Is it possible to replace numerical weather prediction with deep learning? Certainly not yet. But first work is being done to investigate this question.
In this post I want to discuss a paper called “MetNet: A Neural Weather Model for Precipitation Forecasting” that Google Research published back in March 2020 and in which they try to forecast precipitation levels using only radar and satellite measurements. You can read the paper here and the accompanying blog post here.
The results seem very promising as they are able to outperform both a classical NWP model (=numerical weather prediction using physics) and an optical flow approach up to eight hours into the future. I’m very glad Google is funding this research and consider this work an important achievement. But I also have some qualms about the way the MetNet forecasts were evaluated:
Their training set might have leaked into their test set.
In the paper’s appendix they talk about how they went about the evaluation:
For both MRMS and GOES we acquired data for the period January 2018 through July 2019. We split the data temporally into three non-overlapping data sets by repeatedly using approximately 16 days for training followed by two days for validation and two days for testing. From these temporal splits we randomly extracted 13,717 test and validation samples and kept increasing the training set size until we observed no over-fitting at 1.72 million training samples.Metnet paper, p.14, Appendix A
It’s very understandable that they did it that way because it allows them to evaluate samples from a wide variety of different weather situations. And at a first glance it might seem fine because the test set is non-overlapping with the training/validation set. But on the other hand weather data has high auto-correlation. That means that a forecasting method that works well today will often also work well tomorrow but might not perform quite as good a year into the future. And the leakage problem might be exacerbated by the fact that the day of the month is included as a model feature. This information has probably no real predictive value but makes it easier to correlate the days in the training set with the ones from the test set.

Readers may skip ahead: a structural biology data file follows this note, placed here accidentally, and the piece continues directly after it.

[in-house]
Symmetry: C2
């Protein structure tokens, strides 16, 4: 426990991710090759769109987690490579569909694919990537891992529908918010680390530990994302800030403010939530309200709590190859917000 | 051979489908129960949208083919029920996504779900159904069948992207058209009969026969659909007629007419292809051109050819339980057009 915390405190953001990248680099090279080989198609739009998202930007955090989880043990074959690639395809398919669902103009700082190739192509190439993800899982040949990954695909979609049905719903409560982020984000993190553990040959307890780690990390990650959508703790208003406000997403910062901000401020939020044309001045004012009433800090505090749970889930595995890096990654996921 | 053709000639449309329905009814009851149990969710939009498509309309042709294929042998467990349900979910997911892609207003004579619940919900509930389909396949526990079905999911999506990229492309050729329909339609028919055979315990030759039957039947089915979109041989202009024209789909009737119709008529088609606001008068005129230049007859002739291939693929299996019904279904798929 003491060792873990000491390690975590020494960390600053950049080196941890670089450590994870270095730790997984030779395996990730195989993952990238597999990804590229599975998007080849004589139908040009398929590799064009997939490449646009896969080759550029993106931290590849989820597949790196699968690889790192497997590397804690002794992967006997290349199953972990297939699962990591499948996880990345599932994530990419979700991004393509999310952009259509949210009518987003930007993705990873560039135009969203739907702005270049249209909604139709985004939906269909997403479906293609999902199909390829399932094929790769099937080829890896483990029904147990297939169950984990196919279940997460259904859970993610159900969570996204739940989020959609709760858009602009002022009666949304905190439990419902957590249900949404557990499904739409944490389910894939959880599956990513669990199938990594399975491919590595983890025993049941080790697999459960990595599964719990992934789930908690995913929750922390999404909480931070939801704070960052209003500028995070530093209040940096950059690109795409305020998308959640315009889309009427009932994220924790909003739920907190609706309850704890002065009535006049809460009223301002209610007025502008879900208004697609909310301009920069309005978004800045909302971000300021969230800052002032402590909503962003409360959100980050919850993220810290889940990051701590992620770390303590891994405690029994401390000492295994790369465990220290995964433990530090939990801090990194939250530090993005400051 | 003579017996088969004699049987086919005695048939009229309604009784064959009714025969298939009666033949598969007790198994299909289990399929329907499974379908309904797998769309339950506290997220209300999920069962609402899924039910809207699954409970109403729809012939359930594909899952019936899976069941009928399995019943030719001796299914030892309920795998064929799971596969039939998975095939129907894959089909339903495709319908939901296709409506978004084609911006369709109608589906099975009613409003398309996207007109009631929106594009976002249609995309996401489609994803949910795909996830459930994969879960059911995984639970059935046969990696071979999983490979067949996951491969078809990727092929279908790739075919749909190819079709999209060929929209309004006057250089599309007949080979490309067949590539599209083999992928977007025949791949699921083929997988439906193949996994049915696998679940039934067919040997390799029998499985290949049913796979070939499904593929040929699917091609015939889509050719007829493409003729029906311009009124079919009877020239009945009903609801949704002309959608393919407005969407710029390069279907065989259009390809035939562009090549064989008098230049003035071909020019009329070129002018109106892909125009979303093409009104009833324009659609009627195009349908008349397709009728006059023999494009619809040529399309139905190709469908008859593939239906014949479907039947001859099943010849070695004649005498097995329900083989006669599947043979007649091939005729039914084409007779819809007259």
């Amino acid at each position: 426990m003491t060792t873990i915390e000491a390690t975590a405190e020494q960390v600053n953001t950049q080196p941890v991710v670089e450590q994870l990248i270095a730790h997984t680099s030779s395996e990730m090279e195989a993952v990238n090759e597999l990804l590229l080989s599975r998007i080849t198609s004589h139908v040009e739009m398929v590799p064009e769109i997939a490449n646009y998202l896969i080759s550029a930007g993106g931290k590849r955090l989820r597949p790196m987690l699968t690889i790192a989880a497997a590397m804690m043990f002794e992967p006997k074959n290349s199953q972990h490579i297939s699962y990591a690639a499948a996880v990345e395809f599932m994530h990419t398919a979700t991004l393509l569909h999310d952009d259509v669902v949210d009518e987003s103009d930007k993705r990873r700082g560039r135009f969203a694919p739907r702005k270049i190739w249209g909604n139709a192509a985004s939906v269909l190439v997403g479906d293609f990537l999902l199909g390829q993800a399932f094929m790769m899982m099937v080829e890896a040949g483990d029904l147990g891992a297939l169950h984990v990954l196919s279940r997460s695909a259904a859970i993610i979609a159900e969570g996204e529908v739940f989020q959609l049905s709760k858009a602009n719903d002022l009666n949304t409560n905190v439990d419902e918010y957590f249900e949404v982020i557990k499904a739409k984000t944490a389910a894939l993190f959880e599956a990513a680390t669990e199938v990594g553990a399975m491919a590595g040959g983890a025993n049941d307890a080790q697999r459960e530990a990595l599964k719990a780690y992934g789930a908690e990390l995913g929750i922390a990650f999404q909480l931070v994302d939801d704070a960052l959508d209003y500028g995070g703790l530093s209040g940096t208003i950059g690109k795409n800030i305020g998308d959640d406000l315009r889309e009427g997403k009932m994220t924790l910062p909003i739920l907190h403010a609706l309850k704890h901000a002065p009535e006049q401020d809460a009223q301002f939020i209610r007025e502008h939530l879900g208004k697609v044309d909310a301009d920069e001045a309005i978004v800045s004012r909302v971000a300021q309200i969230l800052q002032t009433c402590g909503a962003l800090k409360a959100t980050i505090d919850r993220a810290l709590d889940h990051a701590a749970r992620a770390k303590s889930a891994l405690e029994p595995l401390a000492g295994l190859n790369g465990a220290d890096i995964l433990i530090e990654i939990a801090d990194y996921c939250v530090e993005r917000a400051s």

I think it would have been much better to just split the data into three blocks: Use the first 80% as training data, next 10% as validation data and the next 10% as test data. This way of evaluating also avoids training on data from the future which is of course not possible in a production scenario.
The very best way would have been to train on a whole year and then evaluate on the next year, but they were probably missing the required data for that.
The forecasts from the baseline comparison could be made stronger
The Google research team spend quite a lot of effort finding/optimizing a good baseline forecasts, but there are still some relatively simple ways in which they could have been improved:
- The comparison forecasts could have been fitted to the target data using some sort of statistical post processing.
- Combining the two baseline forecasts would in all likelihood result in a forecast that’s better than both of its inputs
By doing that they could have evaluated against something much closer to the current state of the art and proved that their model is really a significant improvement over already existing approaches.
The comparison method is not totally fair
Forecasting skill in this paper is evaluated by predicting if the precipitation crosses a certain threshold and then calculating the F1 score. Converting the probablistic MetNet forecasts to a binary classification is done in the following way:
Since MetNet outputs probabilities, for each threshold we sum the probabilities along the relevant range and calibrate the corresponding F1 score on a separate validation setMetnet paper, p.8, section 6.1